Why more Pittsburgh pet owners are finding their lost pets

Here’s how to make sure your lost pet comes home.

Jasmine Goldband / The Incline
MJ Slaby

For about the last three months, Pittsburgh Animal Care & Control has returned, on average, between two and five lost dogs and a few lost cats per week to their owners instead of taking the animals to the shelter.

In October, Pittsburgh Animal Care & Control started using pet microchip scanners, making reunions between pets and owners quicker and more frequent, Animal Care & Control supervisor David Madden said. 

Once a pet has a microchip, he said, there is no way to remove it, making it more reliable than a collar. Sometimes collars don’t work for an indoor/outdoor cat or a dog has its collar off in the house, but the pooch escaped out the front door, collarless, Madden said.

Now, the first question Animal Care & Control asks about a lost pet is “Is your animal chipped?”

How the scanners work

Handheld scanners allow animal control officers to see if there is a microchip inserted under the skin of a lost dog or cat. If there is, the chip contains the owner’s contact information, so the pet can be returned.

The scanners cost about $250 to $300 each and were donated to the city’s animal control by HomeAgain, a pet microchip company, Madden said. Animal Care & Control now has six scanners, one for each truck, which is exactly what the department needed, Madden said. Each officer doesn’t need to carry a scanner, because animals are scanned once they are securely in the truck.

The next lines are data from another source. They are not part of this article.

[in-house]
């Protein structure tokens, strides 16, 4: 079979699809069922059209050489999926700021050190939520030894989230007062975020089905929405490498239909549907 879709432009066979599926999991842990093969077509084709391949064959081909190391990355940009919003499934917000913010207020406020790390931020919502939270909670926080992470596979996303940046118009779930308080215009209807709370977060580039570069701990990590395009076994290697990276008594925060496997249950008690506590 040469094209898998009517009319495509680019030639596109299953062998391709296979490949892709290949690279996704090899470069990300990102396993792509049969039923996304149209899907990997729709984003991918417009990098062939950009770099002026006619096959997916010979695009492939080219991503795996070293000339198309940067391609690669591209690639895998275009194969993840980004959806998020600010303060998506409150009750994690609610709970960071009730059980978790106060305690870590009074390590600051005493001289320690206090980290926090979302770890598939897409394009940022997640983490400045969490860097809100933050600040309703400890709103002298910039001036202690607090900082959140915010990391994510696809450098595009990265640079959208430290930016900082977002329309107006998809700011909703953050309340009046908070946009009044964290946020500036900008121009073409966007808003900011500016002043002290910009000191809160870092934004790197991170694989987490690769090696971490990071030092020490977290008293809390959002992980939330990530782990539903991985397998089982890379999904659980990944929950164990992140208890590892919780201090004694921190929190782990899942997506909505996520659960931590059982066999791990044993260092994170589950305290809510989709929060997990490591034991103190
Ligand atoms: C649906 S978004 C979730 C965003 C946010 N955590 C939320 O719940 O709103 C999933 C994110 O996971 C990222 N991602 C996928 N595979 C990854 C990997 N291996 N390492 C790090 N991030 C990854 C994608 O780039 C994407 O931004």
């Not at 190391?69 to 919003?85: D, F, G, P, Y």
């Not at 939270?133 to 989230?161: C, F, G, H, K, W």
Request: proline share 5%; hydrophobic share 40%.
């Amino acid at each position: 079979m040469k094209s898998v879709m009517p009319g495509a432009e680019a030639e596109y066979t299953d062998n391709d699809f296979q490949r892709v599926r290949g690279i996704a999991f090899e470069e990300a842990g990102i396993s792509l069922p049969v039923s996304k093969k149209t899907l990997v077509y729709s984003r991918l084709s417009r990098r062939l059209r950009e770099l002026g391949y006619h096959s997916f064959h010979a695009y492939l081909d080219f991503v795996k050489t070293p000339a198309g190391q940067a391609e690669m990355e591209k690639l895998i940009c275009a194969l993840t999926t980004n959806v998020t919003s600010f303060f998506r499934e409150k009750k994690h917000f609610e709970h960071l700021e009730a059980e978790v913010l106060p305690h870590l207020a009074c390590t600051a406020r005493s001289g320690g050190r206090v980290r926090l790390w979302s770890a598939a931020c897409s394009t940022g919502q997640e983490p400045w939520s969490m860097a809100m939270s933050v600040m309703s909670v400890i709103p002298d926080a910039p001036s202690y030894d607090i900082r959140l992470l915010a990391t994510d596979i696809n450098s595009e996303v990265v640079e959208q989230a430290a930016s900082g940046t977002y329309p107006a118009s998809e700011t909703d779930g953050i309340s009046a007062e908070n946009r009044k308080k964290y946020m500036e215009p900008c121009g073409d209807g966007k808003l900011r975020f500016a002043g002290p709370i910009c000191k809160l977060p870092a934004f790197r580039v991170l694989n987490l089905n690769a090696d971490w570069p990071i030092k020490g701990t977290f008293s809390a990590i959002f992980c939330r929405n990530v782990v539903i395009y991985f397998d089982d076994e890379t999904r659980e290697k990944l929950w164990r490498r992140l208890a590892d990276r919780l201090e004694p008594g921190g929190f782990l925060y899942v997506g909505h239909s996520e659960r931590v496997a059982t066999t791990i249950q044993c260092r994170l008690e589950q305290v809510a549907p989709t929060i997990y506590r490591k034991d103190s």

Officers run the scanner over the animal’s body to see if it indicates that there is a microchip — which is about the size of a grain of rice — inserted under the dog’s or cat’s skin, usually in the neck area. Madden said officers check the animal’s entire body because chips can shift and pets have multiple chips.

If the officer finds a microchip, the officer can take the pet home (which is usually near to where it was found) instead of taking it to the Animal Rescue League Shelter and Wildlife Center, Madden said. He aded that the owner must be present for the animal to be returned, so sometimes it has to wait at the shelter for the owner to get home.

How to get your pet chipped

Local animal shelters and veterinarian clinics also have microchip scanners, and they usually can put the chips in, too, Madden said. He advised calling your pet’s veterinarian for information or looking for a microchipping clinic (which are usually sometimes offered at rabies shot clinics). That’s also when owners learn how to add their information to the chip, usually online.

Pittsburgh Animal Care & Control officers are also working to educate more pet owners about the benefits of microchips. Madden estimated that quarter to a third of pet owners in the city have chipped their animals.

Plus, he added that owners need to remember to contact their microchip company when they move to make sure their contact information is up to date.